In the ongoing heated debate over hydraulic fracturing, can we all at least agree that chemical contamination does not come from the mostly water and sand (with a little bit of chemical additive) that is pumped a mile or more below the earth’s surface? The general public hears from the media echo chamber that “fracking threatens water supplies” and assumes that somehow, in some way, chemicals will rise up from a mile below the ground and contaminate water wells and aquifers near the surface. It just doesn’t happen—it’s a physical impossibility. Here’s an excellent analogy recently printed in Popular Mechanics to put it in perspective:
The idea stressed by fracking critics that deep-injected fluids will migrate into groundwater is mostly false. Basic geology prevents such contamination from starting below ground. A fracture caused by the drilling process would have to extend through the several thousand feet of rock that separate deep shale gas deposits from freshwater aquifers.
According to geologist Gary Lash of the State University of New York at Fredonia, the intervening layers of rock have distinct mechanical properties that would prevent the fissures from expanding a mile or more toward the surface. It would be like stacking a dozen bricks on top of each other, he says, and expecting a crack in the bottom brick to extend all the way to the top one. What’s more, the fracking fluid itself, thickened with additives, is too dense to ascend upward through such a channel.*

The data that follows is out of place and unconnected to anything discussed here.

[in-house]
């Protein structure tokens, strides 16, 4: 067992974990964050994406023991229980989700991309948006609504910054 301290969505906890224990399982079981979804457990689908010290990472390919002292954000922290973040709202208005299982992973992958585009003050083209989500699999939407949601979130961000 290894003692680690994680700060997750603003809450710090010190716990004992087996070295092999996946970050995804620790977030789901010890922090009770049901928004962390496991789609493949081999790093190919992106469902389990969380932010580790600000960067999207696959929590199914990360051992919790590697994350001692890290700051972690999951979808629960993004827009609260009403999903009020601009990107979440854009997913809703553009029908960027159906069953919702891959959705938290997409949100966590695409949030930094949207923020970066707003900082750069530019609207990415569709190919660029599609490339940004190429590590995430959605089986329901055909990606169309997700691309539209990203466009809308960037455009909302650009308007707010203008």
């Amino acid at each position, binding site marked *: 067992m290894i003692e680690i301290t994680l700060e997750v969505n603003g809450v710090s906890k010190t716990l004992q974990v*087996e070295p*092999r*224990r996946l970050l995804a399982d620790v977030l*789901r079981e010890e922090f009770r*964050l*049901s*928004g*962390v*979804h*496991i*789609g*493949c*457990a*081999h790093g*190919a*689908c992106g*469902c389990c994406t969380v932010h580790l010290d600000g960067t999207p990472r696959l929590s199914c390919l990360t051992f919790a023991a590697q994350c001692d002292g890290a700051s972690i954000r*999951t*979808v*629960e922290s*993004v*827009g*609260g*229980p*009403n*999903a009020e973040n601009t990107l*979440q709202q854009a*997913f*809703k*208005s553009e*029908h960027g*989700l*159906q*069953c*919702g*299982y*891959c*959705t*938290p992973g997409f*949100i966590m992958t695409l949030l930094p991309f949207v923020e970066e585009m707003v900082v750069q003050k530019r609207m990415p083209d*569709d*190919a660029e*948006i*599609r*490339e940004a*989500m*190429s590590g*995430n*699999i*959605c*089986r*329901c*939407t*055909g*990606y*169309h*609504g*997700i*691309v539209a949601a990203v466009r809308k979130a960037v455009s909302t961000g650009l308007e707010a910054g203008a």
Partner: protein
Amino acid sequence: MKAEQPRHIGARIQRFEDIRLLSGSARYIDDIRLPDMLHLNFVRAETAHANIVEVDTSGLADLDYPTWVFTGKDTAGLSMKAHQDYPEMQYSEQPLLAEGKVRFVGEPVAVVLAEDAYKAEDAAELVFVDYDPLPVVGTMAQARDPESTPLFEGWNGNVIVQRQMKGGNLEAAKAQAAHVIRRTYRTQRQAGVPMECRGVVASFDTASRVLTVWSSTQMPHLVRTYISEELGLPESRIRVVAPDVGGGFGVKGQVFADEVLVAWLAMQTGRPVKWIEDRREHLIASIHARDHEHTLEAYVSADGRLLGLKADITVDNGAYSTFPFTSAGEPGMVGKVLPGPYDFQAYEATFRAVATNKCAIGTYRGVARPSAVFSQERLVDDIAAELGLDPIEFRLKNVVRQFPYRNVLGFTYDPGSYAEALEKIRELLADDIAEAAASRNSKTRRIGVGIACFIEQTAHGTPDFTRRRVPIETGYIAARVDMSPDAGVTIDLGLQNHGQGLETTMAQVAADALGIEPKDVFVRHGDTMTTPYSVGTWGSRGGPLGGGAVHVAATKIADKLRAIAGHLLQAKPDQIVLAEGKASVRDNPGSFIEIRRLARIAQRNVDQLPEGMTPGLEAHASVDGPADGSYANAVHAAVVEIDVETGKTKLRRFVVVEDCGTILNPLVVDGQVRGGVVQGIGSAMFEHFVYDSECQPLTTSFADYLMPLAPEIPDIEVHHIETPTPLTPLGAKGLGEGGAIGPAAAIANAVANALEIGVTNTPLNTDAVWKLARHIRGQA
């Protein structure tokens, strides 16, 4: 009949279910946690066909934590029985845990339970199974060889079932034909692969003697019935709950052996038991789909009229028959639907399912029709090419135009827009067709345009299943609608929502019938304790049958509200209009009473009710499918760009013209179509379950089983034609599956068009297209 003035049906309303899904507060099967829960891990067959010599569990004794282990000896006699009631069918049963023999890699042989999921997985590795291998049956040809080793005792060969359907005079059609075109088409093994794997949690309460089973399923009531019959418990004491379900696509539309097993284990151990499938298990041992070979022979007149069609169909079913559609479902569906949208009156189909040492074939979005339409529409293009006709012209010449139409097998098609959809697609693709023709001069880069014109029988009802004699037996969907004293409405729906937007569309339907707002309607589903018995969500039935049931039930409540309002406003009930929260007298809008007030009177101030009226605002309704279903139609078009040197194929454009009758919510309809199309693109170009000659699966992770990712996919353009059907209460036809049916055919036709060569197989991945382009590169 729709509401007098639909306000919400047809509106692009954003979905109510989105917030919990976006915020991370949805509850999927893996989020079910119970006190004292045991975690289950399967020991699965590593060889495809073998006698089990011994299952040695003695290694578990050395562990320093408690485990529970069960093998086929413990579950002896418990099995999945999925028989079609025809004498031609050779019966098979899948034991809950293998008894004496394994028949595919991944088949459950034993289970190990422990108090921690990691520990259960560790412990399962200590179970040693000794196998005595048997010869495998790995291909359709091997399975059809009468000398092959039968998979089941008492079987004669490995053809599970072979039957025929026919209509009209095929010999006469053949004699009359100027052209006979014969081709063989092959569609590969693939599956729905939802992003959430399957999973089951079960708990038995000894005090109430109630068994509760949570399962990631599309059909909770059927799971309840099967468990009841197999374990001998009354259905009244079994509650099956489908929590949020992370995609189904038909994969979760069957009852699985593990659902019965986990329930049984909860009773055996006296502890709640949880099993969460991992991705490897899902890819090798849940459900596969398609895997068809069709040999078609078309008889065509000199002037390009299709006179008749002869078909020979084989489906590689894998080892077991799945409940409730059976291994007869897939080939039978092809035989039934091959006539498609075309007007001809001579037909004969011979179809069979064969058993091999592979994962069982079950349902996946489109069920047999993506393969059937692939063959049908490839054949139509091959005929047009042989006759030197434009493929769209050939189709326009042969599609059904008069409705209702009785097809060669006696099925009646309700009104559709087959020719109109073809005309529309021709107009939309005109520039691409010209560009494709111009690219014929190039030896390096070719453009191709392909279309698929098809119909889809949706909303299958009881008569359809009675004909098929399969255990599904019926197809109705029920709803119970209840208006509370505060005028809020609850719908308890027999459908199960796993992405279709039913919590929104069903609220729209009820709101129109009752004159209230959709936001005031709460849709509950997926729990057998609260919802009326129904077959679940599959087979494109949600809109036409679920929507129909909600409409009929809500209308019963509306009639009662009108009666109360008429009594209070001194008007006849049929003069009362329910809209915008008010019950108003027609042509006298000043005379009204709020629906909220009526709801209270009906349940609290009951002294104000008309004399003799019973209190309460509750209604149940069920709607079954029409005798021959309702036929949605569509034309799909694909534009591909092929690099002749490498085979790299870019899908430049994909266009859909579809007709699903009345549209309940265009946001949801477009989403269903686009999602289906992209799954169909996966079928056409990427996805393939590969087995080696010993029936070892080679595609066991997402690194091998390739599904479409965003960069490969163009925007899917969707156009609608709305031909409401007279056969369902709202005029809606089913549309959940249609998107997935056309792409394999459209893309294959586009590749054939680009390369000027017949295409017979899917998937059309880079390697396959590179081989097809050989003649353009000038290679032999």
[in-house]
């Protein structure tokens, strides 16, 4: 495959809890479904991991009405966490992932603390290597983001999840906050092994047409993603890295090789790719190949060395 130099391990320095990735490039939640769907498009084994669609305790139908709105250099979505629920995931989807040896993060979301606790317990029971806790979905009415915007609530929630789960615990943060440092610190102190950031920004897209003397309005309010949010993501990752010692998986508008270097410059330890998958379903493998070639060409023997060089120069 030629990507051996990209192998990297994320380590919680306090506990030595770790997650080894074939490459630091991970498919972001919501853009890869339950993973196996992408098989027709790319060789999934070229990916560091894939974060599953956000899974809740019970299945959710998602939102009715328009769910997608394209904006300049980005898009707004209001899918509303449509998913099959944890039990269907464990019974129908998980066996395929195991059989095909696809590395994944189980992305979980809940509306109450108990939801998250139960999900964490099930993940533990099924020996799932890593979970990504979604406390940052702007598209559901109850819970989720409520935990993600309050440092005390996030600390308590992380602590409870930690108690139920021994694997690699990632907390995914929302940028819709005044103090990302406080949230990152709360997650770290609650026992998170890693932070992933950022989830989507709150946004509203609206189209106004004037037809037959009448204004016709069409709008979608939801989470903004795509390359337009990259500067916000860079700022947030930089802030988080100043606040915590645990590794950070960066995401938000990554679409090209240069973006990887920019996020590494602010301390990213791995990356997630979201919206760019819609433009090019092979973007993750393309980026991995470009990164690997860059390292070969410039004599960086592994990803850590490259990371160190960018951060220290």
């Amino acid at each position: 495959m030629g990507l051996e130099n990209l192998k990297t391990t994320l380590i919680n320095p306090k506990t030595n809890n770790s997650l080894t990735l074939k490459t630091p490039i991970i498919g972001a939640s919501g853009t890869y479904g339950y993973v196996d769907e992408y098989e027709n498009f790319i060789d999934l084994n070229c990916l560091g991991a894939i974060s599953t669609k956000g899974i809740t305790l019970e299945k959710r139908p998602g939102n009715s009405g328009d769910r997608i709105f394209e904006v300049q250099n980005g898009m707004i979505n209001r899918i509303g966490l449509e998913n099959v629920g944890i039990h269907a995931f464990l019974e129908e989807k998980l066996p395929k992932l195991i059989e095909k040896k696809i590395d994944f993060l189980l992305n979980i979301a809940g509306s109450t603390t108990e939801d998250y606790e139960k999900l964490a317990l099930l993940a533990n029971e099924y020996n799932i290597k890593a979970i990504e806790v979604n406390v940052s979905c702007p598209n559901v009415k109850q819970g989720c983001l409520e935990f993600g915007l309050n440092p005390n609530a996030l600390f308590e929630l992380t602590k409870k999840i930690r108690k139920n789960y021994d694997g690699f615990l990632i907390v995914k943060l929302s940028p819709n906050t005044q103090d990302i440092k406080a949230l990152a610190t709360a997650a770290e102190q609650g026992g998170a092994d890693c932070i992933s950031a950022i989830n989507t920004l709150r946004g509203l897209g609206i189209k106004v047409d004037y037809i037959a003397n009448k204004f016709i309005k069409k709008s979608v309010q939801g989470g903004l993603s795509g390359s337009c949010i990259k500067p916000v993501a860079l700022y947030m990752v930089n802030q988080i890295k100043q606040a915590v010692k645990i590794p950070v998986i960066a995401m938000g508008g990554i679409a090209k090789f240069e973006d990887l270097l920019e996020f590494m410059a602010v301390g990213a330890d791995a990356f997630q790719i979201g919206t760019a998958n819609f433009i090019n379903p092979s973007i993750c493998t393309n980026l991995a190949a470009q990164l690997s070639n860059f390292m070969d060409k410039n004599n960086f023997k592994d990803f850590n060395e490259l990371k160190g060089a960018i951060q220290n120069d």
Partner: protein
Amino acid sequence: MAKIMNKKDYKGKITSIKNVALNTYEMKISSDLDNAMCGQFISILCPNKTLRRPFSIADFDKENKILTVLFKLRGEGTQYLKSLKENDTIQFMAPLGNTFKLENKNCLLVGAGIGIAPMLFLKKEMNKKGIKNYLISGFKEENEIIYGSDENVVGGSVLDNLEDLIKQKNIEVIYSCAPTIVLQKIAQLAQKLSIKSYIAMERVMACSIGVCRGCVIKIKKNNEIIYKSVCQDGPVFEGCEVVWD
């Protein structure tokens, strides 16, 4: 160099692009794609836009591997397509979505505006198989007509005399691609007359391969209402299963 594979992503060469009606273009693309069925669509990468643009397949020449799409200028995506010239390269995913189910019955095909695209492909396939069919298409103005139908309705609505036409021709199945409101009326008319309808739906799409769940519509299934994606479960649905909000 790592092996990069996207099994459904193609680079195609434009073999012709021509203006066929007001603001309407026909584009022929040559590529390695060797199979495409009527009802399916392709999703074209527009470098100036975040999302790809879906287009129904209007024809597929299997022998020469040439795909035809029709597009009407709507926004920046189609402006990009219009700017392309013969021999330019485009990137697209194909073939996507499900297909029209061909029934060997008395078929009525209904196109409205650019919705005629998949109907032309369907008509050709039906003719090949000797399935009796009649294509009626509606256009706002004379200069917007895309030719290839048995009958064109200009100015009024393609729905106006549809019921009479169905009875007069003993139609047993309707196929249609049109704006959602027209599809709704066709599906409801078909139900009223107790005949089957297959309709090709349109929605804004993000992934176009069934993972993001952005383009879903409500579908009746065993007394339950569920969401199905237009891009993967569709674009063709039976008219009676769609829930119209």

So if contamination of water supplies does not happen from below the ground, from the fracking process itself, how might it happen? Spills on top of the ground. Truck accidents. Railroad accidents. The things that can and do happen every day across America in non-gas industries. Trains have accidents and carloads of chemicals get spilled. Trucks have accidents along the highway and chemicals get spilled. Gas drilling is no different. From time to time (and very infrequently) something will spill on top of the ground. There is no industrial business on earth that is 100 percent accident-free. It’s just not reasonable to force gas drilling to be accident-free when no other business is held to the same standard.
The fracking process itself is not the problem and is not the reason a water supplies would ever become contaminated with chemicals.
*Ocean Resources/Popular Mechanics (Sep 12, 2011) – Is Fracking Safe? The Top 10 Myths About Natural Gas Drilling: Myth #4